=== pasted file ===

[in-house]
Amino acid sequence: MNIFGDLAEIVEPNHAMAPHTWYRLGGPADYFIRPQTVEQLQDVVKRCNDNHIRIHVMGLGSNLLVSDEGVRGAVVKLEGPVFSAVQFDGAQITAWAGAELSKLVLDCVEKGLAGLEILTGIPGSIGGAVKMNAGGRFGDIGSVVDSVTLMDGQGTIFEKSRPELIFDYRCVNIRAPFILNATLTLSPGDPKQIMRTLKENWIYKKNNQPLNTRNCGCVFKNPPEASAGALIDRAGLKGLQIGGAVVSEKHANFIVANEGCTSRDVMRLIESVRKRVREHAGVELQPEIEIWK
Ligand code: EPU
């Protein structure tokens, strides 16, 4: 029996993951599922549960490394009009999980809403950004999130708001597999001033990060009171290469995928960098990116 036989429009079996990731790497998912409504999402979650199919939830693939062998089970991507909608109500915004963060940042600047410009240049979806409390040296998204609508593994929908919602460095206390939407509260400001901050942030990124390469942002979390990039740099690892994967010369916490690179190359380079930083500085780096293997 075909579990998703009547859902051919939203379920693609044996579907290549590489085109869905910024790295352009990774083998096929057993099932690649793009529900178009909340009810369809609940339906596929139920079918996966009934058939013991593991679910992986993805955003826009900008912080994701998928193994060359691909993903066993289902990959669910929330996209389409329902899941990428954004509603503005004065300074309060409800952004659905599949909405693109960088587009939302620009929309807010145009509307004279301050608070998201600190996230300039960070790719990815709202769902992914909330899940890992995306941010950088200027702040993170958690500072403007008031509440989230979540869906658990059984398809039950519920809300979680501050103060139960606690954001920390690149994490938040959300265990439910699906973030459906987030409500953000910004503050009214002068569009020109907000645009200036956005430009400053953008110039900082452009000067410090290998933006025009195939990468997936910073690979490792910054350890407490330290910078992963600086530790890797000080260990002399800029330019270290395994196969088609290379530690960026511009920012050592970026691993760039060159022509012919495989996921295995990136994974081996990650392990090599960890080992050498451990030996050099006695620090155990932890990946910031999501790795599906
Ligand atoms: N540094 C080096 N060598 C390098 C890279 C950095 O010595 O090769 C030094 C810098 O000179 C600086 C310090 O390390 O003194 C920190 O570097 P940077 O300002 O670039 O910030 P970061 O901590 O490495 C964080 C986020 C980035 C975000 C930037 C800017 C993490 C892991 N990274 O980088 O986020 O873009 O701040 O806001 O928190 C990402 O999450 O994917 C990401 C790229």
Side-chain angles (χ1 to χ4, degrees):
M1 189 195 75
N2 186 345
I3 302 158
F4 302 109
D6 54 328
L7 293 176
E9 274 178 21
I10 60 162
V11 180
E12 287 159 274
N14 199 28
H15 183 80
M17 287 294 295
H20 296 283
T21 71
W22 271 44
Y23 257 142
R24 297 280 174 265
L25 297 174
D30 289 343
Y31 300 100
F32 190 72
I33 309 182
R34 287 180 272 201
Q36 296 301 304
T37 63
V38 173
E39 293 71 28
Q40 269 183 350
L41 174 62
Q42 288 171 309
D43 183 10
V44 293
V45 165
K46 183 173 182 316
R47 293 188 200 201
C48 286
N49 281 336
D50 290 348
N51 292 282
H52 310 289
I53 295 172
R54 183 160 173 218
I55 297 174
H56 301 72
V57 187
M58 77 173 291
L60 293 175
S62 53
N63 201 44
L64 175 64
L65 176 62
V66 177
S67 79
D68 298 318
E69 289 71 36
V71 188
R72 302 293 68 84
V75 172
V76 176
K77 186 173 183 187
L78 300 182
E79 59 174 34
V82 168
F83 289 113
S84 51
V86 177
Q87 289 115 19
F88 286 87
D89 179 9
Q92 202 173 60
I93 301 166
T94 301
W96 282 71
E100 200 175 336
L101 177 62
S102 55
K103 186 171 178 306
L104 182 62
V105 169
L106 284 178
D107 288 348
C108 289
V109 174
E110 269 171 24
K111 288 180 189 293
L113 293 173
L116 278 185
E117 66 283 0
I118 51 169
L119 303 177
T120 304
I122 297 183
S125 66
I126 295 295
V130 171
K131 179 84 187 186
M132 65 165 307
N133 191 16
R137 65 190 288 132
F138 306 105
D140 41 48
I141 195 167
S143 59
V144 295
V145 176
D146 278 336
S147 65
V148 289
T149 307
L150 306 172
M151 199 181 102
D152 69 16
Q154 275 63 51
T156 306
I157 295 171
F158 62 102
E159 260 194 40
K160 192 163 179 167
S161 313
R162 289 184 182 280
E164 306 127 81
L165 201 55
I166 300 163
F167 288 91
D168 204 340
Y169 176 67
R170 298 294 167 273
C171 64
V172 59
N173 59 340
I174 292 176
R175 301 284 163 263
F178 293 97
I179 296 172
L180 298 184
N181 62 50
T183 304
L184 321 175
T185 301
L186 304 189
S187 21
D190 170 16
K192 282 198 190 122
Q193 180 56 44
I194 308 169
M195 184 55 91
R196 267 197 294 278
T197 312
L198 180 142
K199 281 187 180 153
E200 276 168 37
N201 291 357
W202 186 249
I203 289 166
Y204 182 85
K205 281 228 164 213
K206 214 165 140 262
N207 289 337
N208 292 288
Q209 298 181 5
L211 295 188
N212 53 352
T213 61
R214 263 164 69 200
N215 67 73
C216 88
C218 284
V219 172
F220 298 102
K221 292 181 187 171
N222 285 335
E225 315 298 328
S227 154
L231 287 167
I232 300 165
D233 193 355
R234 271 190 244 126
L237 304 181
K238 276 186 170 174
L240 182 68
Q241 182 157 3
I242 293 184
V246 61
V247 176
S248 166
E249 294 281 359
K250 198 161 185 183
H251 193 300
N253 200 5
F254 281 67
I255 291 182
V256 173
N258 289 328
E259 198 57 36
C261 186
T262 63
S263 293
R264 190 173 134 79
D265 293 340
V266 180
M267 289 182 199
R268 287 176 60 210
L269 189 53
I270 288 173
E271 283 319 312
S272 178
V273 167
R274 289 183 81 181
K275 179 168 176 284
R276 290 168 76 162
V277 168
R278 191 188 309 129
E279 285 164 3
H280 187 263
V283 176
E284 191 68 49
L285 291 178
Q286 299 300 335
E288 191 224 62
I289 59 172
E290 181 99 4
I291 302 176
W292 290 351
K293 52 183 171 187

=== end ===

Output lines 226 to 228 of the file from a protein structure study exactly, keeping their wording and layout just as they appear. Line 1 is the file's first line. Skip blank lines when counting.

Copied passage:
E288 191 224 62
I289 59 172
E290 181 99 4